Meet You There by Jessica Wallace (@jdewstewart)

We drown our lives in prescribed certainty. Certainty that there is a single way to live correctly. A guidebook, as Wallace says. A book that makes lives small. And when things don’t follow the designated path, we encounter crisis. This is exactly what Meet You There focuses on. The danger of trying to fit into a mould that isn’t yours. It’s something I’ve talked about it in other reviews (specifically this one for Broken Harbour). This idea that specific material items or life events make us more or less worthy of social acceptance. And the stigma of not falling in line.

Much like Robin, I was raised on a small town mentality (No need to get defensive. Small towns work for some people. Maybe these things are also learned in cities. I don’t know; that wasn’t my experience). Communities where there is an acceptable way to go from teenager to grown up. You meet the perfect someone (or usually, more accurately, simply someone from the appropriate social circle). You date. You get married. You buy a house (usually outside your means, but hey, it looks like the kind of house that holds happiness). You have children. These are the expectations for both men and women. If you follow these steps, you will be happy. Or that’s what you’re told. At the very least, you’ll look happy from the outside. Robin is leading this exact life. She’s done everything she’s been told will make her happy. That will make her life what it’s supposed to be. It works for everyone else, so why isn’t it working for her. Now, I don’t want to say that this life is a bad choice. Hell, it’s probably the perfect life choice for some people. But there’s a key word in that sentence that’s missing from Robin’s life – choice. Her husband’s life has been guided by his mother, who is positive that the designated path is the only one. Anything else is deviant. It going to spoil future good. And he believes her. So Robin just follows along, cause he has a good life, so it must work. Robin has never felt like she’s been allowed to make a choice. Never learned to make decisions. She doesn’t know how to make a choice. She’s sure there is a book she’s supposed to follow. And without her guide, she doesn’t know what to do. So she simply follows along, desperate for a comfort and security she can never find. Continue reading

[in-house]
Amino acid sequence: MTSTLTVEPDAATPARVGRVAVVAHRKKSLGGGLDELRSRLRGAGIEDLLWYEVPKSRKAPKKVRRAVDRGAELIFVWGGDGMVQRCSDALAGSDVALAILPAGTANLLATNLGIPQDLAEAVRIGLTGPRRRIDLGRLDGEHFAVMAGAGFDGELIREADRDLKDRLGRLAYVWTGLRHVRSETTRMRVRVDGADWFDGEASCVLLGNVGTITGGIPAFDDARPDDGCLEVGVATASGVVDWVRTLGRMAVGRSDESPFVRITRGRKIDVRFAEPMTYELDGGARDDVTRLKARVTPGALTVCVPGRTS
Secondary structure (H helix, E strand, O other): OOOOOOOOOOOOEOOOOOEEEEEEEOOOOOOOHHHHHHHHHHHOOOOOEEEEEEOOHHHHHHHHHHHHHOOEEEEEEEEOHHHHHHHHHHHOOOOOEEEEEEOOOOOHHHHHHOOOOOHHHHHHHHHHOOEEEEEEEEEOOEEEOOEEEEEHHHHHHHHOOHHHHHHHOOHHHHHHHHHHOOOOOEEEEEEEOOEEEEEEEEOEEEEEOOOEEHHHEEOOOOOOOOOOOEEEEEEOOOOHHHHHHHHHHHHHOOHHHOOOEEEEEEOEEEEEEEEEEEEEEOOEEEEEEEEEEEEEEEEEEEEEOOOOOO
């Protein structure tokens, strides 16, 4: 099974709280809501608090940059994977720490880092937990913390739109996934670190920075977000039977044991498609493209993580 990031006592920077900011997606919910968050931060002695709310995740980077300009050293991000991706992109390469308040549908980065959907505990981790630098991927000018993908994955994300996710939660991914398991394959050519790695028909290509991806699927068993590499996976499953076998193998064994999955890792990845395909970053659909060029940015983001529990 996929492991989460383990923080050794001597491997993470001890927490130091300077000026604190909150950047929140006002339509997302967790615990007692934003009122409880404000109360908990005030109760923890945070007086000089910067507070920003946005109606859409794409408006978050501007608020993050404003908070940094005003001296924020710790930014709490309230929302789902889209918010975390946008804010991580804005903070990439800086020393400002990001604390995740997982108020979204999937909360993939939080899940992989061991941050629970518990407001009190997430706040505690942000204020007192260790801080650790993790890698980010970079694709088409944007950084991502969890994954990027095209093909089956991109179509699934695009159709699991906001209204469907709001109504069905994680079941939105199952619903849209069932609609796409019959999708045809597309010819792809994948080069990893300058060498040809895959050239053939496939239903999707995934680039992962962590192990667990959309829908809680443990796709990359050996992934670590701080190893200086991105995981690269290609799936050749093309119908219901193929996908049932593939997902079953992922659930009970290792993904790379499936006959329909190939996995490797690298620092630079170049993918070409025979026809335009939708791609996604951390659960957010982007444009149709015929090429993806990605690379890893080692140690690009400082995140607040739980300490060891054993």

Head Over Heart by Colette Victor – @chickenhsebooks

My YA tendencies usually lean towards books aimed at older teens that contain a bit of grit, but occasionally, I’ll pick up one aimed at the younger side of the YA spectrum. Head Over Heart is one of these books (I was provided with a copy of this book in exchange for an honest review). The story focuses on the life of Zeyneb, a young Muslim girl going through the challenges of becoming a teenager in a busy and diverse London school. She is now of an age where she needs to make lots of big decisions – between family, friends, and boys. It’s a book a lot of young girls will be able to relate to, even if they don’t have to make the exact same choices as Zeyneb.

Family is very important in Zeyneb’s life and culture. Family comes first – at all times – at least according to her parents. But Zeyneb has other things pulling her attention. First there’s her best friend, Kelly, who comes from a single parent home and doesn’t understand the extreme demands put on Zeyneb by her family. Then there’s school and where that’s going to take her in just a few short years. Will she go to university for an education or follow in her sister’s footsteps and get married and have children. And then there’s Alex – the boy that sends her heart a flutter. The boy she is most definitely not allowed to have fluttery feelings about. And her decision about a headscarf. What she chooses in each of these scenarios is going to directly influence each of her other decisions. Continue reading

Black Apples Edited by Camilla Bruce and Liv Lingborn

I’ve mentioned several times that I don’t love short stories. I usually don’t gravitate towards them in stand alone or collection form. The one exception is fairy tales. They are, by their nature, short stories. And they are typically sold in collection form. And this brings us to Black Apples – a collection of 18 modern fairy tales. Many of these stories borrow from historic tropes or pull classic stories into modern settings. I received this novel from the publisher in exchange for an honest review. And honestly, I’m pretty down with this book – and it’s pretty, pretty cover! This book will most likely find its way into some stocking this Christmas.

These aren’t your Disney fairytales. These are much more in line with the original tradition of fairy tales. Dark and Grimm (see what I did there – yup). There are no pretty princesses being saved by dashing princes. There are no singing crabs or rabbits with waistcoats. Original fairy tales were often folklore and cautionary tales for citizens within certain communities. While there were many similar stories, they morphed with specific values and culture of a given community. Fairy tales were not necessarily meant for children – especially not in the way we think of children now. This book – probably not for your kids. Unless you’re awesome. There’s research out there about how children who are read the original Grimm’s tales develop better rational decision making skills. How credible are these studies? I don’t know, but I can see the logic. You raise a kid to only believe that someone else will always pop up to save them and that everything has a happy ending, it’s probably going to take them longer to realize that that’s not how this whole real world thing works. Teach them early that sometimes things take a turn for the dark and twisty and they might be able to apply these ideas to situations they find themselves in. However, you may also want to cushion these stories with – cutting out the heart of someone who is prettier than you is probably not your best problem solving path. Anyway, I’m finding myself falling down the rabbit hole of not relevant. Continue reading

Terwilliger’s Tombstone Terror: A Novella by Edward Petty

I find reviewing novellas and short stories a difficult task, especially when they’re very short. Terwilliger’s Tombstone Terror was a requested review, so I’m going to do my best. For the first half of the book, it seemed like a fairly decent read for young boys – perhaps 8-10 years old. Unfortunately, the second half of the book lost some of its steam.